Finance & Banking , Industry Specific , Standards, Regulations & Compliance

FTC Expands Financial Data Breach Reporting Requirements

Non-Banking Institutions Will Be Required to Report Breaches Under Revised Rule
FTC Expands Financial Data Breach Reporting Requirements
The U.S. Federal Trade Commission said the new disclosure requirements will provide consumer lendes with additional incentives to protect consumer data. (Image: Shutterstock)

Consumer lenders such as mortgage brokers, auto dealers and payday lenders must soon report data breaches to the Federal Trade Commission under a revised regulation that mandates public disclosure.

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The revised Safeguards Rule sets the threshold for nonbanking financial institutions to report data breaches anytime a third party acquires without authorization the unencrypted records of at least 500 consumers.

The new disclosure requirement, which agency commissioners voted unanimously to approve, will become effective in six months. It sets a 30 day deadline after discovery for the companies and comes on the heels of an earlier amendment to the Safeguards Rule the commission approved in 2021 requiring consumer lenders to beef up security programs. Friday's update is only the second change to the Safeguards Rule since it took affect following President Bill Clinton's approval of the Gramm-Leach-Bliley Act of 1999 (see: US FTC Delays Safeguards Rule Deadlines by 6 Months).

Sam Levine, director of the FTC's Bureau of Consumer Protection, said the new disclosure requirements "should provide companies with additional incentive to safeguard consumers' data." The final rule clarifies that companies must report a breach when they discover that a third party has "acquired" unencrypted data without authorization. That's a change from language that would have defined a triggering incident as one where a consumer lender determined that "misuse" of consumer data was reasonably likely to occur. The original language "could have been used as an opportunity to circumvent the reporting requirement," the FTC said.

Industry lobbyists including the National Automobile Dealers Association argued for constraints on public disclosure while some such as CTIA urged the FTC not make the reports public at all. The agency said it agrees with industry arguments that a data breach doesn't necessarily mean that a company violated the Safeguards Rule. But the reverse is true as well, the agency said: "the fact that an institution has not experienced a breach does not necessarily mean that the institution is in compliance."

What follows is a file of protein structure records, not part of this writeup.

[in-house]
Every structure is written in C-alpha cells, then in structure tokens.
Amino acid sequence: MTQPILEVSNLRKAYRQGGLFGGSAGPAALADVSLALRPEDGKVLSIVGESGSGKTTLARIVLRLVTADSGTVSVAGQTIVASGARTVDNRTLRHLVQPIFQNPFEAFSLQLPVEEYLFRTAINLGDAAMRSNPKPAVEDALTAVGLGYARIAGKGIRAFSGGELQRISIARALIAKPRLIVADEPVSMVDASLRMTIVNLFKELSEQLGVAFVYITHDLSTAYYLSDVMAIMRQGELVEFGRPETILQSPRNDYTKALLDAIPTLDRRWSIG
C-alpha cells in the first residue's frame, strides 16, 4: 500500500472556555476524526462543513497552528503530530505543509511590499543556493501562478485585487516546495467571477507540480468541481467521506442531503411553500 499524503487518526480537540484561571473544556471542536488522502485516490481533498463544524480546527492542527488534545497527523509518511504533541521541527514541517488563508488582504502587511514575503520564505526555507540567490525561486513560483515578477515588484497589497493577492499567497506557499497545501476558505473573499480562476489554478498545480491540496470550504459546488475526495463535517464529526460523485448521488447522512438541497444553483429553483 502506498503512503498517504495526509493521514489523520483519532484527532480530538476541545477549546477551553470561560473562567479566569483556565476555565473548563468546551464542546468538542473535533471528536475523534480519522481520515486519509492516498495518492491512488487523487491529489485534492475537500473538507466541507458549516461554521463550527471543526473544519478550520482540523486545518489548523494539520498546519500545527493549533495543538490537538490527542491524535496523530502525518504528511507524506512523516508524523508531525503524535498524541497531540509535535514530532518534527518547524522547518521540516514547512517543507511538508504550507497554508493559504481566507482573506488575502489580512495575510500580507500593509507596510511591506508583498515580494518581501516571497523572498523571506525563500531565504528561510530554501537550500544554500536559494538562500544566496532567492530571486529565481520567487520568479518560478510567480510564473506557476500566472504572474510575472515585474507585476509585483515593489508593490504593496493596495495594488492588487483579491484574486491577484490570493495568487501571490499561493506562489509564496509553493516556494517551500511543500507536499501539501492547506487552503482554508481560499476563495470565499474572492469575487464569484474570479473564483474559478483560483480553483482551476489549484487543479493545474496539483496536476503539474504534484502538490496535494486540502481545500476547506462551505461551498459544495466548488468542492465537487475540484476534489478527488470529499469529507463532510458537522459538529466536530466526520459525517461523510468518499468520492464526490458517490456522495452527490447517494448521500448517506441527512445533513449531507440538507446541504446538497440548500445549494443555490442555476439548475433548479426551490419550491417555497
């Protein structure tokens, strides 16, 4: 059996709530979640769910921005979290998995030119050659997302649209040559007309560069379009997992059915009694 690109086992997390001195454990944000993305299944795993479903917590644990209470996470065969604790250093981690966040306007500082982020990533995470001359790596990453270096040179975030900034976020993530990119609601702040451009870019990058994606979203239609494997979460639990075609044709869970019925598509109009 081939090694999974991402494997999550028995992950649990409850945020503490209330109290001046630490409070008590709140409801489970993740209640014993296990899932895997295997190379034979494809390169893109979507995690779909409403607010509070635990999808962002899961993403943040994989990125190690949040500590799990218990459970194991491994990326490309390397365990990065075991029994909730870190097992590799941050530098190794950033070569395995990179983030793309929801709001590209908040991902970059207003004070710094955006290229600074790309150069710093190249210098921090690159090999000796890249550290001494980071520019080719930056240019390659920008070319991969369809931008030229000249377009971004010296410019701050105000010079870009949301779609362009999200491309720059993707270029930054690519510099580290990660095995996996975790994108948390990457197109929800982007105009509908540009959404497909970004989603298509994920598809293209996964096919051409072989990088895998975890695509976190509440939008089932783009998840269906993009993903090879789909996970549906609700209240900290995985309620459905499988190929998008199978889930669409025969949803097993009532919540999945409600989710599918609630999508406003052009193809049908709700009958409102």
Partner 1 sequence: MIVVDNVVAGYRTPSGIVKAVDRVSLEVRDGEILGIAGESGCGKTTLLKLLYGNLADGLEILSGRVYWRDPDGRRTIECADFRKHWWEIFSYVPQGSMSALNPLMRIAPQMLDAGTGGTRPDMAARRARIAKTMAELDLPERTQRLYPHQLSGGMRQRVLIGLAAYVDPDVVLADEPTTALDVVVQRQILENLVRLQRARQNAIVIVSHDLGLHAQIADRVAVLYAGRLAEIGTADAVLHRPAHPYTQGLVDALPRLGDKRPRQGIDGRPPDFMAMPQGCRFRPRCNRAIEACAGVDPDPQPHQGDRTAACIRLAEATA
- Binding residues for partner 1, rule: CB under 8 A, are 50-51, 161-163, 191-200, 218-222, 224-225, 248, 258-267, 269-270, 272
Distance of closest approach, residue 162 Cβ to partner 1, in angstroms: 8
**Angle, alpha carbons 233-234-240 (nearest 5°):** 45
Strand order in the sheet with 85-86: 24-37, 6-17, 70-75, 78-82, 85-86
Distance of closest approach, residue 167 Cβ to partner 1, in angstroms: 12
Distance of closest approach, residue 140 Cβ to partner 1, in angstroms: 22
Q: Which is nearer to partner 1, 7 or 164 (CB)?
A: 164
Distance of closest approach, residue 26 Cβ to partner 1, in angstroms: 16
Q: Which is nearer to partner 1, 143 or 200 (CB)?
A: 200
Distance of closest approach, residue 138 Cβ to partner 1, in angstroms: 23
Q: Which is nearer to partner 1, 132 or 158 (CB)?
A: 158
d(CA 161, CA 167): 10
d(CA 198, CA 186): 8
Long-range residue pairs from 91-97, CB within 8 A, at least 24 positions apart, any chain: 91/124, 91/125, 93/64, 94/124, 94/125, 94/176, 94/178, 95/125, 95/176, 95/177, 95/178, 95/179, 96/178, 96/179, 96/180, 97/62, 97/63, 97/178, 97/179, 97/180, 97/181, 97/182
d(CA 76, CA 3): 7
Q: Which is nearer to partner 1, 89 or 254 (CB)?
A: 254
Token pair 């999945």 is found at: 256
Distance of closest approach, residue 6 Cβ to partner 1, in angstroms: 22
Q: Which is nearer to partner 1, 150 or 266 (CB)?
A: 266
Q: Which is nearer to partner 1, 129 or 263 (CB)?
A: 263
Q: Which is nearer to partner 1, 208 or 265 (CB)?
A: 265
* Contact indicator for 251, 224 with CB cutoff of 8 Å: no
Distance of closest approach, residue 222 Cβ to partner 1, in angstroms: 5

As a result, the agency says it believes providing consumers with breach data is tantamount to consumer empowerment. "Making the notices public will enable consumers to make more informed decisions about which financial institutions they choose to entrust with their information," the FTC said (see: Title Lender TMX Now Says Payment Card Data Stolen in Breach).

The agency will create a public database to house the breach notifications.

The expanded Safeguard Rule does include an exception. Organizations will not be required to disclose data breaches if the acquired data was encrypted - "so long as the encryption key was not accessed by the unauthorized person."

About the Author

Chris Riotta

Chris Riotta

Managing Editor, GovInfoSecurity

Riotta is a journalist based in Washington, D.C. He earned his master's degree from the Columbia University Graduate School of Journalism, where he served as 2021 class president. His reporting has appeared in NBC News, Nextgov/FCW, Newsweek Magazine, The Independent and more.

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